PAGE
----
Oman Fisheries mulls expansion, new spinoffs

Muscat – Oman Fisheries Company , the largest fish processing and marketing company in the Sultanate, is weighing plans to expand and diversify its activities within and beyond its core focus on fish processing and marketing.

According to a senior official of the partly-government owned company, the proposed expansion envisages the establishment of sister companies to pursue opportunities in, among other areas, deep-sea fishing, oyster and seaweed farming, seafood restaurants and food trading , and even agriculture.

Toward this goal, Oman Fisheries is exploring the potential of transforming itself into a holding company overseeing a portfolio of sister companies and spinoffs each dedicated to specific aspects of the group’s overall business, General-Manager Said Rashid al Rawahy (pictured) said.

“This is the right time for Oman Fisheries to set up sister companies as part of its growth strategy,” the official said. “By establishing individual companies to handle specific activities, we believe they will be more effective and productive, than if all of these activities are done by one company, as is currently the case with Oman Fisheries .”

Addressing journalists at the company’s Ghala head office in Muscat, Al Rawahy said the proposed subsidiaries will include a standalone company dedicated to operating Oman Fisheries ‘ deep-sea fishing operations. A plan for the new outfit has already been conceived, he said, declining however to provide further details about the venture.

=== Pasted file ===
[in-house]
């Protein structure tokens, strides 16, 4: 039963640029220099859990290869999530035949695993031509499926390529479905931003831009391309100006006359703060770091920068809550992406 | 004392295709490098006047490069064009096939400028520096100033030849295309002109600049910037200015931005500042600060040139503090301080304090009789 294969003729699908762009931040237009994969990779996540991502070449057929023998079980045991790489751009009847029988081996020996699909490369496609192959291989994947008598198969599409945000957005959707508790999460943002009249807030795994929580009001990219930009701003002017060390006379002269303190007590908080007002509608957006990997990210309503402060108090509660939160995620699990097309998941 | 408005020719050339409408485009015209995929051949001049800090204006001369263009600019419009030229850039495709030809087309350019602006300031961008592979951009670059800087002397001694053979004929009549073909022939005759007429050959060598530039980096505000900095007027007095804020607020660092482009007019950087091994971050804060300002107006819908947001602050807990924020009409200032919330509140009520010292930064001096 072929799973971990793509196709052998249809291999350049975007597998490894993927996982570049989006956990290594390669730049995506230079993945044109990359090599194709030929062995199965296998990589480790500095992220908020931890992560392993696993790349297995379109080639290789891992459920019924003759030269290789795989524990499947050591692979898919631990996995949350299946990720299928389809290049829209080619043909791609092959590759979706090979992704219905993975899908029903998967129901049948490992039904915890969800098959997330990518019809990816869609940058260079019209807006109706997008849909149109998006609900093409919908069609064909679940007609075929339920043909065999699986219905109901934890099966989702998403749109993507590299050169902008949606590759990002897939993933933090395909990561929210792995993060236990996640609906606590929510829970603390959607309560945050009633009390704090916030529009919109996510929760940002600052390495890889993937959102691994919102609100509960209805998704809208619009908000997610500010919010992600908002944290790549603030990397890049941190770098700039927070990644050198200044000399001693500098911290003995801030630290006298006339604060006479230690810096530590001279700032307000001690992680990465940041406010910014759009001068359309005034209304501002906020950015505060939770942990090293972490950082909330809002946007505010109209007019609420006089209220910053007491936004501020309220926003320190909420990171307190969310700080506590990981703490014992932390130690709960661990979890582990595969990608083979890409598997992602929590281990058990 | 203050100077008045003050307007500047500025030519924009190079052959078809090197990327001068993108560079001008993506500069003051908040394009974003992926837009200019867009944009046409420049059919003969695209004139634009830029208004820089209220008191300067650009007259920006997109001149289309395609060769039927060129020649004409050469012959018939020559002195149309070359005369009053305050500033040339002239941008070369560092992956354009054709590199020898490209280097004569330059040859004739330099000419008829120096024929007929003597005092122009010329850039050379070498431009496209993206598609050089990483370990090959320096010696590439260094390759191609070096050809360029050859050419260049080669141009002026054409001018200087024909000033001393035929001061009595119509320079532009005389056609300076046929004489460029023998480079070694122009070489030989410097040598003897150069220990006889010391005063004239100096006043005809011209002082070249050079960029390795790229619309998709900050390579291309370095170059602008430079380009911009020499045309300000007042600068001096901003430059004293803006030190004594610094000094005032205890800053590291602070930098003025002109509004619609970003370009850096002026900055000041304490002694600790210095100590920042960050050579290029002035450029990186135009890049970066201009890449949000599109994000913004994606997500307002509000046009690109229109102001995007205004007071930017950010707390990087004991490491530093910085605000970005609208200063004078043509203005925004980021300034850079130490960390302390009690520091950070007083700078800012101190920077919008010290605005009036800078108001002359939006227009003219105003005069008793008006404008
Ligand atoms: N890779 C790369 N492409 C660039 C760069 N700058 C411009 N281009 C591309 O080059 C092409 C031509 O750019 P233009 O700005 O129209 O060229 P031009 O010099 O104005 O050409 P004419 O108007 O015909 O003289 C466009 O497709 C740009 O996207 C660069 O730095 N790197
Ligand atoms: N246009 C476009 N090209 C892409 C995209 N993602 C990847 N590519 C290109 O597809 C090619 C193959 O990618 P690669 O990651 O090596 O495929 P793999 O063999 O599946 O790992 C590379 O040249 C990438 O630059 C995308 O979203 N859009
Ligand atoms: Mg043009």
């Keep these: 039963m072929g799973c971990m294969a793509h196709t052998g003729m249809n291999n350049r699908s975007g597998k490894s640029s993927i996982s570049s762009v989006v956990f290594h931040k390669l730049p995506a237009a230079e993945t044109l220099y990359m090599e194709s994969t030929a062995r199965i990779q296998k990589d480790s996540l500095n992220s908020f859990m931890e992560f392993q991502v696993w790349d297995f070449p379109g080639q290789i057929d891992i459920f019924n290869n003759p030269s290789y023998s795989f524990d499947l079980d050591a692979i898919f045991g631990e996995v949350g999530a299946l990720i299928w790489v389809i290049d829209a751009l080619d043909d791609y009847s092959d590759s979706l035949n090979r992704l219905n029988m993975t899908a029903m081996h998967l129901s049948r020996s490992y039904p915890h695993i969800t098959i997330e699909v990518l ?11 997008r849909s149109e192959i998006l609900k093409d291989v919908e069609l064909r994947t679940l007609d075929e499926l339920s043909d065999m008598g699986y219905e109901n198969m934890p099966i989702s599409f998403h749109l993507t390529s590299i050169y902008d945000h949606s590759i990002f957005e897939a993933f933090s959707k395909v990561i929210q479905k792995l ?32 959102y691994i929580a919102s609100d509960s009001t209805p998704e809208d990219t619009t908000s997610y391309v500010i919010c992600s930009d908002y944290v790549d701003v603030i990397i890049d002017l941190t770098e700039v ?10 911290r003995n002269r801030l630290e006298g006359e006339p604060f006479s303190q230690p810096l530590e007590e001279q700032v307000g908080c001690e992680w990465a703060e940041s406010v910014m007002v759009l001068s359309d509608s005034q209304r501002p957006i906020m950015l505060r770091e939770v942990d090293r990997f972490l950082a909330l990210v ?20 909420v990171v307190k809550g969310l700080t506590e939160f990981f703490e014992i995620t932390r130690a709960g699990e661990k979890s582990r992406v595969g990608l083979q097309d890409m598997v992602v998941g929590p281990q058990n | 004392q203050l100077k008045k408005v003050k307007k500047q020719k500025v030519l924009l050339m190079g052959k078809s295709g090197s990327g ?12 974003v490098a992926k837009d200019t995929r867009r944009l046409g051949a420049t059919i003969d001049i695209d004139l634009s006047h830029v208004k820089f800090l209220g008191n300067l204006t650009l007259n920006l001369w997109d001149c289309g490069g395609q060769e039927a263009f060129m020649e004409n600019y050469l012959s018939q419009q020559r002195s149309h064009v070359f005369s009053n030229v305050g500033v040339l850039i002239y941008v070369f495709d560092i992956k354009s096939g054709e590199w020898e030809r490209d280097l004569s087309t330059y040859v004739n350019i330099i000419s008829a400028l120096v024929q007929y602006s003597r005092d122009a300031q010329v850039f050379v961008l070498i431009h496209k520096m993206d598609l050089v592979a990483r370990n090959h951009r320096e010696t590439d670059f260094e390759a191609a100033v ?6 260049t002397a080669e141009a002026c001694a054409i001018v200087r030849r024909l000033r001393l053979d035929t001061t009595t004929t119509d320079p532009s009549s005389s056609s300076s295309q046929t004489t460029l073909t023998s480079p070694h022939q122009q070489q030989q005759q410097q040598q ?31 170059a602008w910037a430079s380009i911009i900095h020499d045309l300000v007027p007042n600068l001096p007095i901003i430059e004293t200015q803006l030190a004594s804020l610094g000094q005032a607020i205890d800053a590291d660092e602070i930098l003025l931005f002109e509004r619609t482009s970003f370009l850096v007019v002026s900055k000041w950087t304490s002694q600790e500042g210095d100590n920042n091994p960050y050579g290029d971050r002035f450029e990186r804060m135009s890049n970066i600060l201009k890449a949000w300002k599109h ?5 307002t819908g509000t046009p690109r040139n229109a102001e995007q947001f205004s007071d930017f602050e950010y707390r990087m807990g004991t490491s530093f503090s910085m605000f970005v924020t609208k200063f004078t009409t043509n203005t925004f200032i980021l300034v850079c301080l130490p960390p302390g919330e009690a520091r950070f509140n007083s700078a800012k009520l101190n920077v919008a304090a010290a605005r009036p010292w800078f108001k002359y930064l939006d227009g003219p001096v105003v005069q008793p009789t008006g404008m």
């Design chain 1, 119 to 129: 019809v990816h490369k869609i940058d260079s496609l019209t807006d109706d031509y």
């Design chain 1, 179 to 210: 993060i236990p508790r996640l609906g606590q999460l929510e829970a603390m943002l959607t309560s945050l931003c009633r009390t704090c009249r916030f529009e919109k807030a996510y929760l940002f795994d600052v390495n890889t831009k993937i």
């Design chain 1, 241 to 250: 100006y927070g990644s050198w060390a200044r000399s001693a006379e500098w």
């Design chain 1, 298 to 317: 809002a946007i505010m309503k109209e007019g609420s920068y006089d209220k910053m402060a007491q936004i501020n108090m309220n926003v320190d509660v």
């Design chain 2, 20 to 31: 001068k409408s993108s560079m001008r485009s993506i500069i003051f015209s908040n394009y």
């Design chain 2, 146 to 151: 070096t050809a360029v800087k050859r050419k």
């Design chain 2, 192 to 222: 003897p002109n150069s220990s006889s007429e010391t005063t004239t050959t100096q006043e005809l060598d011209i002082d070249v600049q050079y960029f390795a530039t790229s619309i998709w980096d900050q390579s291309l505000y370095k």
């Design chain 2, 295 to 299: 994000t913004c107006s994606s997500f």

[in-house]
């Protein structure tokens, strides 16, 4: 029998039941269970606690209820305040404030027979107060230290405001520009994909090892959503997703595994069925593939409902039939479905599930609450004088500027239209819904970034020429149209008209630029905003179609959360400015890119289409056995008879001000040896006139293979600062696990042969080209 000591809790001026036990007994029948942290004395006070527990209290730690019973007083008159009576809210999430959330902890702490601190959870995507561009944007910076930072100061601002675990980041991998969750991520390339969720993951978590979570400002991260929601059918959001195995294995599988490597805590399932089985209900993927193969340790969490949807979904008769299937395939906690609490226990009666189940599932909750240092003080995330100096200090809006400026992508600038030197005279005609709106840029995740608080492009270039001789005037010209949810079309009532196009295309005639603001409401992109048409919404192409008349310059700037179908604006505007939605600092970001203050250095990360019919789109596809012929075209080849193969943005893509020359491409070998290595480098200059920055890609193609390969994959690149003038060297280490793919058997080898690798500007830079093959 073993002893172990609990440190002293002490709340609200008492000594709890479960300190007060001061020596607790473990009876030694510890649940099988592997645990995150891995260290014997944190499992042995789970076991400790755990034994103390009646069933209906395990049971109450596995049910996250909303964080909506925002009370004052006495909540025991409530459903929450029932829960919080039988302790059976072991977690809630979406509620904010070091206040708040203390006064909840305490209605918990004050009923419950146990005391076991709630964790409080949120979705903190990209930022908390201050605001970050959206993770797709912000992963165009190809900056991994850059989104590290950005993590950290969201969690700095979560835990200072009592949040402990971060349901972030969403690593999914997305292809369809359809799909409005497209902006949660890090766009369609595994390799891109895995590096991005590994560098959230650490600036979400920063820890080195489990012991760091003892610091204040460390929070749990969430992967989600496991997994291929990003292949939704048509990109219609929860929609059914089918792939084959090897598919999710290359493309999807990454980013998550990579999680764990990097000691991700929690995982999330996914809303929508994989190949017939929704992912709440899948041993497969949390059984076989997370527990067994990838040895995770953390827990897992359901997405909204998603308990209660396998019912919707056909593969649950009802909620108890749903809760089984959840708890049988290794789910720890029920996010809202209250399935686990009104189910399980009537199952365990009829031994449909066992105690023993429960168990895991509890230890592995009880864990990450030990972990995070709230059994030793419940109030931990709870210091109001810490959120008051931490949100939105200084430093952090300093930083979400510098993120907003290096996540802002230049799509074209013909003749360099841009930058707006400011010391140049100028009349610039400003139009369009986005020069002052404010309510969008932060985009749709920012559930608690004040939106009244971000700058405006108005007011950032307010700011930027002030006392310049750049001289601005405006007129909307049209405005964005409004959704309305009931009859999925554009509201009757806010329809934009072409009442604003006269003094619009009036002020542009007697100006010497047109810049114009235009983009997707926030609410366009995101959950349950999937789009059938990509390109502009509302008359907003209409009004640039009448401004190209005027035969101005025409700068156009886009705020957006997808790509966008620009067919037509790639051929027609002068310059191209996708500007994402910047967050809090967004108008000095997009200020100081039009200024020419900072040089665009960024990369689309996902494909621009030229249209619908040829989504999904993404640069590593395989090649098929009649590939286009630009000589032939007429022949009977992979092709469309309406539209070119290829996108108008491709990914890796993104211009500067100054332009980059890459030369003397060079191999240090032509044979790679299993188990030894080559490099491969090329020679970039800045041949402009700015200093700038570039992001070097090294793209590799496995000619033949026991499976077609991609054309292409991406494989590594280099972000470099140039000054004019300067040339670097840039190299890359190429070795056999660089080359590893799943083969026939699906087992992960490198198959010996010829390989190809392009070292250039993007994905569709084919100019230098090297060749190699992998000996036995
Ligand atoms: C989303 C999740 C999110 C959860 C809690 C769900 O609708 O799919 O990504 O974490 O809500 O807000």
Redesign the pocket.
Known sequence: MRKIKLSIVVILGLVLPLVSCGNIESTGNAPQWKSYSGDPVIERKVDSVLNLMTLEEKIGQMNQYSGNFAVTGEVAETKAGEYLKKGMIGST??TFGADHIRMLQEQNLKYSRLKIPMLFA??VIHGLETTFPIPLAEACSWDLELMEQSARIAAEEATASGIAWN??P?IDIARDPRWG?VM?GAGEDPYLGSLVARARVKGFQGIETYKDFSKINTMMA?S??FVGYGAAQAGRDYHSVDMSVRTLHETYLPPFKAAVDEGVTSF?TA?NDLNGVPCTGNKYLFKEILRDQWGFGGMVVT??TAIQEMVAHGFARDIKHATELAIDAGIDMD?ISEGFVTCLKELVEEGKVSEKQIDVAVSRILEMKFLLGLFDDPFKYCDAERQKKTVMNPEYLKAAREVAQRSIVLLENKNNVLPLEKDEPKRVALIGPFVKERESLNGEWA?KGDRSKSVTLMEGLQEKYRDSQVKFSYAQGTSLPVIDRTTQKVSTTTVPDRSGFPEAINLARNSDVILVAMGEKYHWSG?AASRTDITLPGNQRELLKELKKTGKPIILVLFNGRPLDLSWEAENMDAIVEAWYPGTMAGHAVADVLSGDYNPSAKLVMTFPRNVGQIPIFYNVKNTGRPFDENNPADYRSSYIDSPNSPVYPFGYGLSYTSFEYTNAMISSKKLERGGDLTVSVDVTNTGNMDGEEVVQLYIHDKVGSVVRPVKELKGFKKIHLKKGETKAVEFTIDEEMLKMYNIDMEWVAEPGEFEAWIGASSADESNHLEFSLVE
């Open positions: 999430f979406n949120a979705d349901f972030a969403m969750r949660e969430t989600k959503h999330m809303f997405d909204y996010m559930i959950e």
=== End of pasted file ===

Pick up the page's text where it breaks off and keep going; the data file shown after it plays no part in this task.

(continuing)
Future spinoffs, Al Rawahy, will be modeled on Oman Fisheries ‘ successful launch of its first sister company, Al Ameen Cold Stores & Refrigeration, which operates a large cold store in Barka. The latter already operates three divisions each focusing on warehousing, logistics, and food trading.

Also on the anvil are aquaculture farming activities that, unlike other players in this sector, will focus on high-end marine fisheries, said the General Manager.

“We will not be getting into shrimp and fish farming which other players are currently involved in.

On the contrary, we are looking at farming oysters, mussels and seaweed, which are niche products.”

A proposal for the rollout of aquaculture activities is now in the final stages, he said, adding that a pilot is envisioned before the launch of commercial operations at two locations: Sur and Masirah.

Asked to comment on the financing arrangements planned by the company to fund these projects, Al Rawahy said Oman Fisheries would either turn to banks for its requirements or increase its capital.

One other option being considered, particularly for its fishing fleet operations, is to partner with a boatbuilding company that would come on board with both finance and technical knowhow, he said, adding that Oman Fisheries currently operates a fleet of around 16 boats as part of its fishing fleet.

Source :